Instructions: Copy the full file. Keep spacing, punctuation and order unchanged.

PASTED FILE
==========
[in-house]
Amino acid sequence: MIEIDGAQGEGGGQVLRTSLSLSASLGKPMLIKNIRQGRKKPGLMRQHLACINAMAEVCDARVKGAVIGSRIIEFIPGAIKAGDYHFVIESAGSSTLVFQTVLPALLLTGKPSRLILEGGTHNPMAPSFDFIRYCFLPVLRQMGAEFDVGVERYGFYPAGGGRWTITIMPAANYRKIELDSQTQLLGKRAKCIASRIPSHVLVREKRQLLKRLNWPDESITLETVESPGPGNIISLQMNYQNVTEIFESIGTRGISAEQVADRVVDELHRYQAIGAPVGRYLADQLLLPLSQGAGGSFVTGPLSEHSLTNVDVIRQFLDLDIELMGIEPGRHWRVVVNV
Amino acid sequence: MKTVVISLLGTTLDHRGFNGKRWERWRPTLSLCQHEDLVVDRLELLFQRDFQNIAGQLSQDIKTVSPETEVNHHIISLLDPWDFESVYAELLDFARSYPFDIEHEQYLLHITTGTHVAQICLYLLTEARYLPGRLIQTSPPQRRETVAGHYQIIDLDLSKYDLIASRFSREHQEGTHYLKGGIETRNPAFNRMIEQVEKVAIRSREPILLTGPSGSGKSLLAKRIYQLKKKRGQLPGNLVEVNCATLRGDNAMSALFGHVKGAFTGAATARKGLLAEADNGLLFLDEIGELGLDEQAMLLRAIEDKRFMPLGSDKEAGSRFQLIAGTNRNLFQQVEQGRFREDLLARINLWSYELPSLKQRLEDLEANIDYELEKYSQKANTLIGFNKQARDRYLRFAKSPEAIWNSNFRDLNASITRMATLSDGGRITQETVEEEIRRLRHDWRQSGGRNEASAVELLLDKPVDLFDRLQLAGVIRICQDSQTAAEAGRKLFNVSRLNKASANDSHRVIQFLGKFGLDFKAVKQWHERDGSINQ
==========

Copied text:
[in-house]
Amino acid sequence: MIEIDGAQGEGGGQVLRTSLSLSASLGKPMLIKNIRQGRKKPGLMRQHLACINAMAEVCDARVKGAVIGSRIIEFIPGAIKAGDYHFVIESAGSSTLVFQTVLPALLLTGKPSRLILEGGTHNPMAPSFDFIRYCFLPVLRQMGAEFDVGVERYGFYPAGGGRWTITIMPAANYRKIELDSQTQLLGKRAKCIASRIPSHVLVREKRQLLKRLNWPDESITLETVESPGPGNIISLQMNYQNVTEIFESIGTRGISAEQVADRVVDELHRYQAIGAPVGRYLADQLLLPLSQGAGGSFVTGPLSEHSLTNVDVIRQFLDLDIELMGIEPGRHWRVVVNV
Amino acid sequence: MKTVVISLLGTTLDHRGFNGKRWERWRPTLSLCQHEDLVVDRLELLFQRDFQNIAGQLSQDIKTVSPETEVNHHIISLLDPWDFESVYAELLDFARSYPFDIEHEQYLLHITTGTHVAQICLYLLTEARYLPGRLIQTSPPQRRETVAGHYQIIDLDLSKYDLIASRFSREHQEGTHYLKGGIETRNPAFNRMIEQVEKVAIRSREPILLTGPSGSGKSLLAKRIYQLKKKRGQLPGNLVEVNCATLRGDNAMSALFGHVKGAFTGAATARKGLLAEADNGLLFLDEIGELGLDEQAMLLRAIEDKRFMPLGSDKEAGSRFQLIAGTNRNLFQQVEQGRFREDLLARINLWSYELPSLKQRLEDLEANIDYELEKYSQKANTLIGFNKQARDRYLRFAKSPEAIWNSNFRDLNASITRMATLSDGGRITQETVEEEIRRLRHDWRQSGGRNEASAVELLLDKPVDLFDRLQLAGVIRICQDSQTAAEAGRKLFNVSRLNKASANDSHRVIQFLGKFGLDFKAVKQWHERDGSINQ